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dc.contributor.authorVervaeke, Muriel
dc.contributor.authorGiessen, Joke van der
dc.contributor.authorBrochier, Bernard
dc.contributor.authorLosson, Bernard
dc.contributor.authorJordaens, Kurt
dc.contributor.authorVerhagen, Ron
dc.contributor.authorLezenne Coulander, Cor de
dc.contributor.authorTeunis, Peter F M
dc.date.accessioned2007-01-03T13:05:33Z
dc.date.available2007-01-03T13:05:33Z
dc.date.issued2006-10-17
dc.identifier.citationPrev. Vet. Med. 2006, 76(3-4):137-50en
dc.identifier.issn0167-5877
dc.identifier.pmid16872702
dc.identifier.doi10.1016/j.prevetmed.2006.04.014
dc.identifier.urihttp://hdl.handle.net/10029/6779
dc.description.abstractThe occurrence of the fox tapeworm Echinococcus multilocularis in Red foxes was studied in Belgium and a neighbouring region in The Netherlands. A total number of 1202 foxes were analysed (1018 in Belgium and 184 in The Netherlands) of which 179 were infected with E. multilocularis (164 in Belgium and 15 in The Netherlands). Further, the spatial distribution of infection among sampled foxes was analysed with an ellipsoidal gradient, demonstrating a decreasing prevalence in northwestern direction. Using this gradient, we showed that the spatial patterns of infection in Belgium and the neighbouring region in The Netherlands correspond, indicating a continuous distribution of E. multilocularis across the nation borders. Part of the Belgian data allowed investigating temporal changes in the spatial distribution of E. multilocularis. This revealed a northwestern spread of E. multilocularis.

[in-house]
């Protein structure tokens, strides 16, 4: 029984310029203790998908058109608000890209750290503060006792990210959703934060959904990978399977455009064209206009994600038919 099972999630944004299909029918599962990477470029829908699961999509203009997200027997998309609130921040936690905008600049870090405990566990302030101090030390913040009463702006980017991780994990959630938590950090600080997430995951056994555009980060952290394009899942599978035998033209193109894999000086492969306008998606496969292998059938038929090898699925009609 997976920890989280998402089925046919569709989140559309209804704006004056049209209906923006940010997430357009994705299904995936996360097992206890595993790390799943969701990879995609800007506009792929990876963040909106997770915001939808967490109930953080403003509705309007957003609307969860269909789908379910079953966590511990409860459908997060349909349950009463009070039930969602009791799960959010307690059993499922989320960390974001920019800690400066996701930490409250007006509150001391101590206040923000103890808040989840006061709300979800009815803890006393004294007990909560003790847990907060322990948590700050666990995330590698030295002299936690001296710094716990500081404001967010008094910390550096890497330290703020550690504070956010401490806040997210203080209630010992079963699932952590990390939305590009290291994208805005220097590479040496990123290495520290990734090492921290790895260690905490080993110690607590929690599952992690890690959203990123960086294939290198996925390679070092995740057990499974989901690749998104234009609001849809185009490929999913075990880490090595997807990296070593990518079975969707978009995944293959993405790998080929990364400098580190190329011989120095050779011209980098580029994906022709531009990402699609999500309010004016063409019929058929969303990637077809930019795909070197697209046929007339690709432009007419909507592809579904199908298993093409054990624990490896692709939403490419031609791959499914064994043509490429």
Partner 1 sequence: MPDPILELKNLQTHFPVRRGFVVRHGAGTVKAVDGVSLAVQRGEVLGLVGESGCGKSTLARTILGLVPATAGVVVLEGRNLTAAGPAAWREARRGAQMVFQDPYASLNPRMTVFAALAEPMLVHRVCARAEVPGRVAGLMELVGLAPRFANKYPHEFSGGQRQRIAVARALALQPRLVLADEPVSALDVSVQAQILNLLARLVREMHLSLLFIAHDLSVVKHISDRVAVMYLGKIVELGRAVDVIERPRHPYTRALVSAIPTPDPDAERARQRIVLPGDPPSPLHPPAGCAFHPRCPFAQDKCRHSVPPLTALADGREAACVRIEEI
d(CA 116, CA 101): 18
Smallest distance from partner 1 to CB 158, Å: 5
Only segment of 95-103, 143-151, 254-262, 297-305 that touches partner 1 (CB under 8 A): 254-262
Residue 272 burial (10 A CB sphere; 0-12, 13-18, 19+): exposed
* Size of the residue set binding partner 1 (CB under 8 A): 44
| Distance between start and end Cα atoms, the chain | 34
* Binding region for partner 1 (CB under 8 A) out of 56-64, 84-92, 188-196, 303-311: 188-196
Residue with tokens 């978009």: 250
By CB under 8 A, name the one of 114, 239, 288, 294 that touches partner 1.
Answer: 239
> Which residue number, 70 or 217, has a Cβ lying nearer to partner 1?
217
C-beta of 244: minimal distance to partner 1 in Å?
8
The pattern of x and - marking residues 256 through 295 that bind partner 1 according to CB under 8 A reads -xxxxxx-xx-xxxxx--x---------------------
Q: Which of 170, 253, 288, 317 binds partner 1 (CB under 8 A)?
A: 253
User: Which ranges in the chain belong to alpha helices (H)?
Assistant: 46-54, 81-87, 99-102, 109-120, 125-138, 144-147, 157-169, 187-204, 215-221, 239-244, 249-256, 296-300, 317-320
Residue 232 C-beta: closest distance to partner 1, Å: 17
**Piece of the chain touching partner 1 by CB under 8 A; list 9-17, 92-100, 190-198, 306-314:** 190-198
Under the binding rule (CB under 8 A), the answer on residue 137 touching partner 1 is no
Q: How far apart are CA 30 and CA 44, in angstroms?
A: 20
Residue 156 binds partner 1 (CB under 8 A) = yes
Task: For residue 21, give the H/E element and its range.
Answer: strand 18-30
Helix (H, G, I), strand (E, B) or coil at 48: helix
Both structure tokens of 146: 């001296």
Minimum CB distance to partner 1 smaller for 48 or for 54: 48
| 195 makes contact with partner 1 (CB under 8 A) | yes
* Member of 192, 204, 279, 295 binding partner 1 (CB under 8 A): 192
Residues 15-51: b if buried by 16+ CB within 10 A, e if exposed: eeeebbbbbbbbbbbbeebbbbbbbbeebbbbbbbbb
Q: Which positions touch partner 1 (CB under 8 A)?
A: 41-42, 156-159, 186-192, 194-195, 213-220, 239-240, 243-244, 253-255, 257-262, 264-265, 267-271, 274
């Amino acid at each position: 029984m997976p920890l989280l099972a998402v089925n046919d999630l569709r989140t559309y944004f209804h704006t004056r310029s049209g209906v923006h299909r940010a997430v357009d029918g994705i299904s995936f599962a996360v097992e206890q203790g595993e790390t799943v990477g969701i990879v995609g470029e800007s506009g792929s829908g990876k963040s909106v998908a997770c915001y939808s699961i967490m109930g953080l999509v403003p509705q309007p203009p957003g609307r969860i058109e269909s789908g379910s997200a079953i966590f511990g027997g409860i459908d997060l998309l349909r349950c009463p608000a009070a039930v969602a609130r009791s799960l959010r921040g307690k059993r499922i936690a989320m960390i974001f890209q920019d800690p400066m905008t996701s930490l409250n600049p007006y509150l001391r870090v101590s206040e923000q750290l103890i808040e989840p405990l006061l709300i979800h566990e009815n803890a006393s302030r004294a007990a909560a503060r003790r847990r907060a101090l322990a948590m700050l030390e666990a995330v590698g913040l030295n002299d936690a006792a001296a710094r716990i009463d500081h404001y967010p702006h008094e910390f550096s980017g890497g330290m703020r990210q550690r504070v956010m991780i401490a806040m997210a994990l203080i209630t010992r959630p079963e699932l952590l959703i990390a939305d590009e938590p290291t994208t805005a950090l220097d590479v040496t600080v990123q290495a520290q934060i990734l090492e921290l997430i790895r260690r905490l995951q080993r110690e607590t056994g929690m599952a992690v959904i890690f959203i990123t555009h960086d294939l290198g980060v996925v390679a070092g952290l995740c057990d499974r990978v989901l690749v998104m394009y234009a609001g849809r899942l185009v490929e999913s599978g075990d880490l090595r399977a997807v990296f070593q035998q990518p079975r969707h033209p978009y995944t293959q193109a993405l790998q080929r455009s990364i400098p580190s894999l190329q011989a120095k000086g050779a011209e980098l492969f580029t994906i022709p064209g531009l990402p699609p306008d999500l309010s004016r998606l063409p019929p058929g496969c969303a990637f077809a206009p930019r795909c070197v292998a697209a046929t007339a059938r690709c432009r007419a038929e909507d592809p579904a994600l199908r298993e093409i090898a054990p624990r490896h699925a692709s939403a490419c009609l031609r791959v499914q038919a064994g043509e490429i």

dc.format.extent433768 bytes
dc.format.mimetypeapplication/pdf
dc.language.isoenen
dc.titleSpatial spreading of Echinococcus multilocularis in Red foxes (Vulpes vulpes) across nation borders in Western Europe.en
dc.typeArticleen
dc.format.digYES
refterms.dateFOA2018-12-18T14:44:56Z
html.description.abstractThe occurrence of the fox tapeworm Echinococcus multilocularis in Red foxes was studied in Belgium and a neighbouring region in The Netherlands. A total number of 1202 foxes were analysed (1018 in Belgium and 184 in The Netherlands) of which 179 were infected with E. multilocularis (164 in Belgium and 15 in The Netherlands). Further, the spatial distribution of infection among sampled foxes was analysed with an ellipsoidal gradient, demonstrating a decreasing prevalence in northwestern direction. Using this gradient, we showed that the spatial patterns of infection in Belgium and the neighbouring region in The Netherlands correspond, indicating a continuous distribution of E. multilocularis across the nation borders. Part of the Belgian data allowed investigating temporal changes in the spatial distribution of E. multilocularis. This revealed a northwestern spread of E. multilocularis.


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